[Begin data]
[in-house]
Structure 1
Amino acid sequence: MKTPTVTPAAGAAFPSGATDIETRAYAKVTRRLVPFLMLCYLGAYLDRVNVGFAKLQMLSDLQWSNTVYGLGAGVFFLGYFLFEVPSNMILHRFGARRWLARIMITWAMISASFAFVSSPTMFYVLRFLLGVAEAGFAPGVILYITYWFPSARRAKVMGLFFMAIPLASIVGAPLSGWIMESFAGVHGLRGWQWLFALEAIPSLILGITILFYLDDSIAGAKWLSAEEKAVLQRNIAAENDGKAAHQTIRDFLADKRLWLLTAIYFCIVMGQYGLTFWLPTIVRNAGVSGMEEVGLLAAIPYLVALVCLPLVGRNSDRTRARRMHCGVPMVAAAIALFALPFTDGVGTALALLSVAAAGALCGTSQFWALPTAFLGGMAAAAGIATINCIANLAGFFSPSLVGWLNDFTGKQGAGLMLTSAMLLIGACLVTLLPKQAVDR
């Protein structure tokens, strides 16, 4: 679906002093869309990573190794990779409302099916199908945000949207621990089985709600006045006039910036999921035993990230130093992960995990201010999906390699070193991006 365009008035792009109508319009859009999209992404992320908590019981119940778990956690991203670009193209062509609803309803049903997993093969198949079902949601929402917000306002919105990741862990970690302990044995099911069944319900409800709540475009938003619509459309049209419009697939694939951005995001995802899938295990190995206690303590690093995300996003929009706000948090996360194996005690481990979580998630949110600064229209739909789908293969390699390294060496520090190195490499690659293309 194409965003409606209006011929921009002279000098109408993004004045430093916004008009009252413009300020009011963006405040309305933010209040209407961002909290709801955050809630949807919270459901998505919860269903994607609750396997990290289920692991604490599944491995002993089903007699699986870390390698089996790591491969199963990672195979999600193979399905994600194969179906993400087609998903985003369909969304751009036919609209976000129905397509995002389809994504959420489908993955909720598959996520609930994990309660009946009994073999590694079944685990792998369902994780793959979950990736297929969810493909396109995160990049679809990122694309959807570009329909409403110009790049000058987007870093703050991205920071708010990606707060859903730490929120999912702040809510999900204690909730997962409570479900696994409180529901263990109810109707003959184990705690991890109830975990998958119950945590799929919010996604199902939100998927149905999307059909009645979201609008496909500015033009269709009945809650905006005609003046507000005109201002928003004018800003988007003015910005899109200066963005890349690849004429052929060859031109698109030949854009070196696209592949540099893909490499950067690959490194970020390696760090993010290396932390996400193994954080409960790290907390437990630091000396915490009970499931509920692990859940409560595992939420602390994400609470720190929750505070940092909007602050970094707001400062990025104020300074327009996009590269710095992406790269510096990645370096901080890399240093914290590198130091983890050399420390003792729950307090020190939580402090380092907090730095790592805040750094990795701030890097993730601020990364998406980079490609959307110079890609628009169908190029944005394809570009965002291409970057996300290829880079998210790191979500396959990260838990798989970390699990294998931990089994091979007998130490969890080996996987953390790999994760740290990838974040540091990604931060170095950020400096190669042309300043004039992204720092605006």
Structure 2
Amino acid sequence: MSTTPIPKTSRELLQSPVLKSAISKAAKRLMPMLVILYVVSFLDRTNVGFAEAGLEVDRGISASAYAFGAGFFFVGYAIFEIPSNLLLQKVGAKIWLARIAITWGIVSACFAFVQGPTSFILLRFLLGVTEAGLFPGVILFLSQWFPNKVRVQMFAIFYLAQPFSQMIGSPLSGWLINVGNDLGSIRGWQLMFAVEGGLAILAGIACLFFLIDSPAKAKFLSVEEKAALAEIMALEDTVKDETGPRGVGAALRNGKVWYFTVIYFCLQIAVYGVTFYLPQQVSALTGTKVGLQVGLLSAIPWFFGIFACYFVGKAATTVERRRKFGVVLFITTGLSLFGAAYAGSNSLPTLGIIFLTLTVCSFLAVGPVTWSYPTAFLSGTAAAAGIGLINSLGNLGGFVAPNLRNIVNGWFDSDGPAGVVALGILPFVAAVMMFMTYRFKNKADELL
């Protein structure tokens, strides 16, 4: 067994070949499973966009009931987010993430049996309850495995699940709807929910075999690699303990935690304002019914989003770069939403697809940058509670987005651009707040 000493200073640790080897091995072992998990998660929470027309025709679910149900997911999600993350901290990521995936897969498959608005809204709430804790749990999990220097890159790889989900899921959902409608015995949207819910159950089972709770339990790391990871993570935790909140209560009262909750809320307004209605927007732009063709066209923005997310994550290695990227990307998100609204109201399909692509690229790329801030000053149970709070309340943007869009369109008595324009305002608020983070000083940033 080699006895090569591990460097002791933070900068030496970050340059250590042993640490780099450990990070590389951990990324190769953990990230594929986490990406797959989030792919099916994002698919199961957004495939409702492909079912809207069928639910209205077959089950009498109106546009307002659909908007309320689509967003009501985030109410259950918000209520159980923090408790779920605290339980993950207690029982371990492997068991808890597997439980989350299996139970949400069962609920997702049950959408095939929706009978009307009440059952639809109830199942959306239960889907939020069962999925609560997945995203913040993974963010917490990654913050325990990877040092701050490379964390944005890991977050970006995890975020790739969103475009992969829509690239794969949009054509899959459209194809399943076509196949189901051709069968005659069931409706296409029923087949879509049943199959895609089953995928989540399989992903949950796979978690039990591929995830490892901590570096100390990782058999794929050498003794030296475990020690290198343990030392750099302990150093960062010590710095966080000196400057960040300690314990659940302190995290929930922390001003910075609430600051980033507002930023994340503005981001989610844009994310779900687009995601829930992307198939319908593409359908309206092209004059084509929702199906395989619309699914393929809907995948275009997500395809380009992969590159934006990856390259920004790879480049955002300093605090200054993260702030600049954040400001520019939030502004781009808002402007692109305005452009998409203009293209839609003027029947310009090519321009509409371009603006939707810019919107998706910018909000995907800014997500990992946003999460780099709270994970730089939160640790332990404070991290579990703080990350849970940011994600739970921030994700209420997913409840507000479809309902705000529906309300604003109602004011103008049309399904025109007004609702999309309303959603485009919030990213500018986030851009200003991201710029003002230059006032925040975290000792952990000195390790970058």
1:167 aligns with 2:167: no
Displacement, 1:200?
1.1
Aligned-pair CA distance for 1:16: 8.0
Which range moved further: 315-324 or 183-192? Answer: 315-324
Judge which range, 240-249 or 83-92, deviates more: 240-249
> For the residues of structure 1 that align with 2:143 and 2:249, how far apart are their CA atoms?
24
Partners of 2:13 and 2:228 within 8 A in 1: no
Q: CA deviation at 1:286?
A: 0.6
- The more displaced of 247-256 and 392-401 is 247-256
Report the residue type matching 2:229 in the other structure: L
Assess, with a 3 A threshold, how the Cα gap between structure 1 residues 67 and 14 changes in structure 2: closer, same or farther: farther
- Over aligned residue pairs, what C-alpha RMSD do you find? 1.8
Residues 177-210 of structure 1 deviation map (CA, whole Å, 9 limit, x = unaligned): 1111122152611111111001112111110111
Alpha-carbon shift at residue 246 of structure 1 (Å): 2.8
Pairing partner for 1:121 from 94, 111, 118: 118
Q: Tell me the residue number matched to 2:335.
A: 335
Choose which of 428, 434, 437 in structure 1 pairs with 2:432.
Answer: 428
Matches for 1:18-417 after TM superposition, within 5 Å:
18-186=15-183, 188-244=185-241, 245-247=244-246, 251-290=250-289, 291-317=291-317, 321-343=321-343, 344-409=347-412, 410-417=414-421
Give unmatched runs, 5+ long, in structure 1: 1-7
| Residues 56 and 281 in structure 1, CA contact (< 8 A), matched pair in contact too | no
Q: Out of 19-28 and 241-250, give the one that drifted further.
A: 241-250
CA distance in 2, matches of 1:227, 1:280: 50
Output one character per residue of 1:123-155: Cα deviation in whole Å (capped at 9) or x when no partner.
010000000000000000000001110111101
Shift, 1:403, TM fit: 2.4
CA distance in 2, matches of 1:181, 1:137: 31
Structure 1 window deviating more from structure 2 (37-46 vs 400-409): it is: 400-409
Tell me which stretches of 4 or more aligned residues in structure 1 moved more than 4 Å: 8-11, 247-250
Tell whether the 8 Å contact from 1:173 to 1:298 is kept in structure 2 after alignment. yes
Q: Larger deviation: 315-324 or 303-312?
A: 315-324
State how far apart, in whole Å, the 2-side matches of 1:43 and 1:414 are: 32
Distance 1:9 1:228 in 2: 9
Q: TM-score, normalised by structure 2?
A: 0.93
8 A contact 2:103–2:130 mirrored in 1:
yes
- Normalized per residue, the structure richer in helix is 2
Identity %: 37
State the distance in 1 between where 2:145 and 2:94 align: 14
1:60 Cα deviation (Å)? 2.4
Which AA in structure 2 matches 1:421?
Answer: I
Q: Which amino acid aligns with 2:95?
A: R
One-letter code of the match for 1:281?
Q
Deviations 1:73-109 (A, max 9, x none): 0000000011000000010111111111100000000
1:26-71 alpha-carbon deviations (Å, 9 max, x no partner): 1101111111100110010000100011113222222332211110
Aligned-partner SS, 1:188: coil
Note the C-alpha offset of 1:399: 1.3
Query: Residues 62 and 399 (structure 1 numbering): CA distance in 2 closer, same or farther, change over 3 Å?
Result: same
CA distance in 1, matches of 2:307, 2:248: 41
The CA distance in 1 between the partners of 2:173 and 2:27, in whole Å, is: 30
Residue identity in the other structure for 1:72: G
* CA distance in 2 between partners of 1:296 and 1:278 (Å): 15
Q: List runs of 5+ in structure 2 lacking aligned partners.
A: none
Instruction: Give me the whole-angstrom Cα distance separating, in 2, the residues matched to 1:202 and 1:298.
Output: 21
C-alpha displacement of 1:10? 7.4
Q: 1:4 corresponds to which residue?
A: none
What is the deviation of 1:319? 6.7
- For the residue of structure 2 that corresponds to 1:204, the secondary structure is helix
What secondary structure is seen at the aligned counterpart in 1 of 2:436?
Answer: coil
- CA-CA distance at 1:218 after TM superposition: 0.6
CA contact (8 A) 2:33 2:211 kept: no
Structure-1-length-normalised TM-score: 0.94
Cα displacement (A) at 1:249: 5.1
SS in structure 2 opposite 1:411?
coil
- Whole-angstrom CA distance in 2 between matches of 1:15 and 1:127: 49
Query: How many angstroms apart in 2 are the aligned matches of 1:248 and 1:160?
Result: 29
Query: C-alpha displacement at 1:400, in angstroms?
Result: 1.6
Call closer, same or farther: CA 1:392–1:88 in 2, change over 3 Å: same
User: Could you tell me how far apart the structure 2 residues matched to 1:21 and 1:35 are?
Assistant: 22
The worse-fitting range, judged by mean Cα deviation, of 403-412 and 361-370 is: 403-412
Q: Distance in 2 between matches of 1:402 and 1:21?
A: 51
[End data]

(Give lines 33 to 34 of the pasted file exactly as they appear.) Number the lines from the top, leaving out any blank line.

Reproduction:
| Residues 56 and 281 in structure 1, CA contact (< 8 A), matched pair in contact too | no
Q: Out of 19-28 and 241-250, give the one that drifted further.